February 18, 2014

Channel Shift Through History

Back in 2005, my company, Nordstrom, decided to eliminate the catalog business model from their arsenal.

The pundits really, really didn't like that decision.

Trade journalists called me - I recall being heckled on the phone by folks who hated the decision but loved the page views it would generate ... "you're so stupid, catalogs are part of a multichannel strategy, you'll be back in catalogs in twelve months, you have to have catalogs, don't you know that?".

Nordstrom never looked back. For the past decade, they've printed money. And don't call what they do now "catalogs". Those are magazines. Be honest. A catalog business model includes catalogs as the primary marketing vehicle on an every-three-week basis paid for by company money (not co-op dollars), along with the buying and selling of names/addresses. That business model left the building in 2005, and never came back.

Channels are not channels. Channels are the manifestation of changes in customer behavior.

Want proof? Take a look at this table, for a cataloger:

Yes, I plugged results for 2019 (in green).

What do you see, when you look at total demand, adjusted for inflation?

You see that total demand is unchanged, over time. Customers slowly move from mail to phone to online to mobile over time (and will move to what comes after mobile ... what I call "Hologram Marketing"). The underlying behavior isn't fundamentally different.

However, the marketing used to drive the behavior changes, significantly. In the 1990s, you had no choice but to market to customers to get them to do stuff (in the direct channel). Starting around 2005, customer behavior in the online world solidified enough so that purchases happened without the need for marketing - much as has been the case in retail since the dawn of time.

When customers purchased online, without needing catalogs, the profitability of the catalog declined - significantly. Each square inch continued to increase in cost, but the ability of each square inch to produce sales declined. That's a recipe for disaster. Since 2007, catalog circulation is down 40%. I'd bet pages circulated are down even more, as catalog page counts continue to decrease.

This brings me to retail.

In retail, each square foot has the same impact on sales that each square inch has in a catalog.

In catalog, when customers became trained to shop online, catalog square inches (circulation * size of catalog) declined, dramatically.

In retail, it is alleged that foot traffic is down 50% in the past three years during the Christmas season (click here).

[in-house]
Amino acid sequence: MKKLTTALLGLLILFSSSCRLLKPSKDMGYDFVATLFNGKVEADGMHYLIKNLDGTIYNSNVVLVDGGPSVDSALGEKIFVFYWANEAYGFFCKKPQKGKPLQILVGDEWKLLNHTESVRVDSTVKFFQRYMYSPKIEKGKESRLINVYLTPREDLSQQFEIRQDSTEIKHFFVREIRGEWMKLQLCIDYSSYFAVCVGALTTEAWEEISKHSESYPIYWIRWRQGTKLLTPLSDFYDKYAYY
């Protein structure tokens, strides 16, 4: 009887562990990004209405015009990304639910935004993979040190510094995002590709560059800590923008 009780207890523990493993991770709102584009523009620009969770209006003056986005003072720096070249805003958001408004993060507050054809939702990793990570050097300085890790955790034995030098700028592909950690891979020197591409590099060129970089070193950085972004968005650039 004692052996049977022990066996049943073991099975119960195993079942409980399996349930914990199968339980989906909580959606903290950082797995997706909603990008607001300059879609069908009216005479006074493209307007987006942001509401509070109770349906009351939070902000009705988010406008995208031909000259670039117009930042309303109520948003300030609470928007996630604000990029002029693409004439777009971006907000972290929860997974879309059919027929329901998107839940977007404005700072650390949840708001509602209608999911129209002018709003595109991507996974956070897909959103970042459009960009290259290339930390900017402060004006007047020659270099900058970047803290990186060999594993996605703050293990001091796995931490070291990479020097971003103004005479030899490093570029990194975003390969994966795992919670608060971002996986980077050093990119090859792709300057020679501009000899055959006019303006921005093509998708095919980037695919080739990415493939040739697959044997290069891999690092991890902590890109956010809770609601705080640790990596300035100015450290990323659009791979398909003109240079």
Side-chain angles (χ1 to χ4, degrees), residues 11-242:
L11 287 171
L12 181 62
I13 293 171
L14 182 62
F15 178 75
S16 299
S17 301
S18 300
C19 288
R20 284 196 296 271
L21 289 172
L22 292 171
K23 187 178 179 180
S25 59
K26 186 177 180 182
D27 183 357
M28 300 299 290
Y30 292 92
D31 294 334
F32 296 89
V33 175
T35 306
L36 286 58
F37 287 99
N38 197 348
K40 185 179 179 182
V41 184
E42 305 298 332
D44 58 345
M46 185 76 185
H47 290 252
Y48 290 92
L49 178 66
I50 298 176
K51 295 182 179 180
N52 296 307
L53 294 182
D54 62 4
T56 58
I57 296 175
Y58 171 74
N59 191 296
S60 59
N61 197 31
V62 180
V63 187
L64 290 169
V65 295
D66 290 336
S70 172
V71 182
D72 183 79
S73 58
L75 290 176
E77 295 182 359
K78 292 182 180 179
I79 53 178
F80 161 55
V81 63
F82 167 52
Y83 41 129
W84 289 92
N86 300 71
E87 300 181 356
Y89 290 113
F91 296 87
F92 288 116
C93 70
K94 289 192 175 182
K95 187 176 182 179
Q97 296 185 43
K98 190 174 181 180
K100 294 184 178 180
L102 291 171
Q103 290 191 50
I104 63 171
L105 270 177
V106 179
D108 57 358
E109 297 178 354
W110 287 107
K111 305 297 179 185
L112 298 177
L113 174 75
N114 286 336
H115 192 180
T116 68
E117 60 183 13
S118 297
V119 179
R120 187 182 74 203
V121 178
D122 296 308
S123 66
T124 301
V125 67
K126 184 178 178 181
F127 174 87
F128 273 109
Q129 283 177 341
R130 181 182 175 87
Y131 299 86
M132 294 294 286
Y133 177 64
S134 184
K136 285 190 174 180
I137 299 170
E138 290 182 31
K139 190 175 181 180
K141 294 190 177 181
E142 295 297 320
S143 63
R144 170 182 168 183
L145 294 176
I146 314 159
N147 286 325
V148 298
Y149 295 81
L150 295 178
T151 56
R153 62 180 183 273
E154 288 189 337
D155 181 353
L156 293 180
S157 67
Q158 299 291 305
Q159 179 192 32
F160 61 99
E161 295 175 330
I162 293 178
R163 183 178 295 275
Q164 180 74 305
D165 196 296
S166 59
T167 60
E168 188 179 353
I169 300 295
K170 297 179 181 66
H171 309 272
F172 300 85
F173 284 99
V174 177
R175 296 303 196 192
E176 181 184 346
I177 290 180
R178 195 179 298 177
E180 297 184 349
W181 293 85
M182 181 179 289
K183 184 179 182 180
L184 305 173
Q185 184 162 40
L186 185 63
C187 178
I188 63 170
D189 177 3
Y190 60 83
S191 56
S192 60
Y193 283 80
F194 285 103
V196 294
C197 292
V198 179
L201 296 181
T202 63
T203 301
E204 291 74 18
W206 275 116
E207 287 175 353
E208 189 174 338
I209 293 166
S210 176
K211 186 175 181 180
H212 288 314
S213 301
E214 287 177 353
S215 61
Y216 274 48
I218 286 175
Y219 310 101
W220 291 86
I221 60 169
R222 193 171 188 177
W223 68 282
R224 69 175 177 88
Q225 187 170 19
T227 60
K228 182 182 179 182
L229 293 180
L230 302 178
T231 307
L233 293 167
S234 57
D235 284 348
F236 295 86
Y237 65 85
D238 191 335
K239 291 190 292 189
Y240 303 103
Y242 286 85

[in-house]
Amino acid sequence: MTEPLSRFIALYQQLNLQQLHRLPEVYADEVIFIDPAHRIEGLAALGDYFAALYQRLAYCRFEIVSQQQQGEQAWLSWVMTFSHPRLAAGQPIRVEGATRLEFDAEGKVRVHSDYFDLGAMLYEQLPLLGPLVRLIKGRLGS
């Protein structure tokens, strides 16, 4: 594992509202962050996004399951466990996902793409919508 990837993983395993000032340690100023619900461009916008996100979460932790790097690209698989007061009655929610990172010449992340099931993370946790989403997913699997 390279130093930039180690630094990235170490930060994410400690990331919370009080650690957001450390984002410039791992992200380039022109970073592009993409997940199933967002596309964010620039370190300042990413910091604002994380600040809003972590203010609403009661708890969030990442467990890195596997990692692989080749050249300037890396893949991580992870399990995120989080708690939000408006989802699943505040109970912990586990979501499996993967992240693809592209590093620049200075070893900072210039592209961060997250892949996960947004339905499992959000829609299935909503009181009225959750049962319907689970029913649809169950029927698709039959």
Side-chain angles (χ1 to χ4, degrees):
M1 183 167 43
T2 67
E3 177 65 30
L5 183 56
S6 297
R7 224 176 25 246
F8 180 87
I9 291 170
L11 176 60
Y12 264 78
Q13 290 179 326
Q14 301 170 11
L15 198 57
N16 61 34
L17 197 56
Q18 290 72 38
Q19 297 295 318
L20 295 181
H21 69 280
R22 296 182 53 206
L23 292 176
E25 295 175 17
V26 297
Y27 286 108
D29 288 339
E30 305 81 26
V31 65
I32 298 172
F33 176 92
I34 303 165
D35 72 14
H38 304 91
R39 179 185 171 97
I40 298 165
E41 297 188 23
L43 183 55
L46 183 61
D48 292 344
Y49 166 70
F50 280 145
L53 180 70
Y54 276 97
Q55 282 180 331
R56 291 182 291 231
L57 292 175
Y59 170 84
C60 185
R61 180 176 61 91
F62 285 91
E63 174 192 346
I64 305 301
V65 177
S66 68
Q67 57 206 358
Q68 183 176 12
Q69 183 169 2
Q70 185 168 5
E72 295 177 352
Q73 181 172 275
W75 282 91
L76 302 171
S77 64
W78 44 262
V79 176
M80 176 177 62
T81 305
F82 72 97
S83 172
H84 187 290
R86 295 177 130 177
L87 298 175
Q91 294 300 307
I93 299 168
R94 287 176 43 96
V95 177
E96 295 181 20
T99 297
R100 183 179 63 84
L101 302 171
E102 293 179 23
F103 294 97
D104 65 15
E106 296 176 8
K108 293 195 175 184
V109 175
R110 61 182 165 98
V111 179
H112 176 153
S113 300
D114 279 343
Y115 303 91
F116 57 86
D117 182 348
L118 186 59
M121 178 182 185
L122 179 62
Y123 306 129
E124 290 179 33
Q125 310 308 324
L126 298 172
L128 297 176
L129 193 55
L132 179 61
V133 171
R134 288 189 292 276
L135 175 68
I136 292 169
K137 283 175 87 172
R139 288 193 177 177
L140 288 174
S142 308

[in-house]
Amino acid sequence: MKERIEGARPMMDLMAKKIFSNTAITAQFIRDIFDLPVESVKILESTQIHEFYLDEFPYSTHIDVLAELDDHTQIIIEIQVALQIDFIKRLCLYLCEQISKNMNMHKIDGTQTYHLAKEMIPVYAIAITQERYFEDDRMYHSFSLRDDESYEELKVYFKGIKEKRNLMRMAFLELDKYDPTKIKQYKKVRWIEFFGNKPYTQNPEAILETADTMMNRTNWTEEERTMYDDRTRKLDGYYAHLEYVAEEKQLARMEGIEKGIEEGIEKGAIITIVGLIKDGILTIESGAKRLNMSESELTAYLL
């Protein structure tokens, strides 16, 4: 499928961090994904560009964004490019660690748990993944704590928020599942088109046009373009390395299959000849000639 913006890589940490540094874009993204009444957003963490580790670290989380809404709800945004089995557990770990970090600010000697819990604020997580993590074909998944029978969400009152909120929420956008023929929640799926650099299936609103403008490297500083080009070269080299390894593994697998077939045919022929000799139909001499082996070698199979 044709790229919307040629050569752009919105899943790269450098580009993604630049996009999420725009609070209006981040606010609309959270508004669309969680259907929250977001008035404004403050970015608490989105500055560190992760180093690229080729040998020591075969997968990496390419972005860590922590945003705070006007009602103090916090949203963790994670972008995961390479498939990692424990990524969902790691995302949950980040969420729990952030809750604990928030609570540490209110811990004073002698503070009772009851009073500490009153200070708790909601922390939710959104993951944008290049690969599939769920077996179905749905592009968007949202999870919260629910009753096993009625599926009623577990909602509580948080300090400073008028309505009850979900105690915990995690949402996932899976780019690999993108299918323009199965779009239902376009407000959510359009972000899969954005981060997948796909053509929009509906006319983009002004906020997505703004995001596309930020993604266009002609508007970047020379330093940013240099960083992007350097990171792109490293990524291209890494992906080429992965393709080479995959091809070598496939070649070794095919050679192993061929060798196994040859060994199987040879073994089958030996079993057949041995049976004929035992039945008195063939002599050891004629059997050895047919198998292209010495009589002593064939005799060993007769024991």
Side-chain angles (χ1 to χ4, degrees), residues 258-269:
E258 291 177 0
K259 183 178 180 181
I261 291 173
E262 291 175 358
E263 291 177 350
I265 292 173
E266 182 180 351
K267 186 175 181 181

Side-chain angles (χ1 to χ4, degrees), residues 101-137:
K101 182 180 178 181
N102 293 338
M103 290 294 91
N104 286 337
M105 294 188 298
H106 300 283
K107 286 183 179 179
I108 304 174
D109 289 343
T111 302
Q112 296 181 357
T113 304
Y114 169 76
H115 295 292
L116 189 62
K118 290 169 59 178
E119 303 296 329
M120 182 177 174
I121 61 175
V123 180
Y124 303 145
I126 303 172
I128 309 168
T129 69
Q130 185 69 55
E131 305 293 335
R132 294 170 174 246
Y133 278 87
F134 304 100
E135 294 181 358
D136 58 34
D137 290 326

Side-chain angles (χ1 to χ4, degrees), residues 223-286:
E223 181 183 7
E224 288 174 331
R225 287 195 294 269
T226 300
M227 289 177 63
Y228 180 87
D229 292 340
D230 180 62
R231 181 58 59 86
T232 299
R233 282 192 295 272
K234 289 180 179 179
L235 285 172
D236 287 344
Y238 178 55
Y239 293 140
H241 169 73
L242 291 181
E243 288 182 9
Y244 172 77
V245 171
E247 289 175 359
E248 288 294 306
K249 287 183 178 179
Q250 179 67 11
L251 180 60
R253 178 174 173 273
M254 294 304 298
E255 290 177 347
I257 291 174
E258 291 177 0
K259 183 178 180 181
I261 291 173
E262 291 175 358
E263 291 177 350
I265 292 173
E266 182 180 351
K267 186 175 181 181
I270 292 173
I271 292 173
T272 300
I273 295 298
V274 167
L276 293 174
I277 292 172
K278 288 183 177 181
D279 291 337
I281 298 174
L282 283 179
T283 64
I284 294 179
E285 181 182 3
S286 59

I want you to spend a few minutes thinking about the repercussions of that concept.

Go ahead ... I'll wait for you.

Ok, welcome back. Your first question is, of course, "why haven't sales declined by 50%?" Well, either the study is flawed, or foot traffic is not highly correlated with net sales. Both are likely to be true.

There are customers who go to the store to buy stuff, period. Their traffic is unaffected.

There are customers who go to the store for entertainment, or to do research. Their traffic is likely to be highly impacted.

E-commerce ate catalogs.

E-commerce impacted retail.

Mobile is going to eat retail.

Mobile is going to eat e-commerce.

All will be impacted by Hologram Marketing.

The challenge, of course, is "what do we do with this information"?

We can say, with reasonable confidence, that omnichannel strategies won't work. Their predecessor, called "multi-channel", didn't work for Borders, or Circuit City, or CompUSA, or JCP, or Sears, or Coldwater Creek, and it certainly didn't work for catalogers. Heck, go look at Gap's comp store sales trend over the past decade --- they're down something like 20% over that time, a time when inflation is +30%. Was Gap not "multi-channel", and are they not heading toward being "omnichannel" today? How did multichannel work for them?

No, you don't fix a structural change in retail by turning a store into a digital distribution center. When is the last time you heard a customer get excited about going to J. Crew because the customer might be able to get something shipped to her home from a nearby store? When is the last time you heard a customer get excited about J. Crew's merchandising and creative strategies? Hint - the latter comes up more often.

Retail is all about experiences. The more we digitize it, the more we facilitate the very channel shift that buries the existing retail channel.

More thoughts tomorrow.

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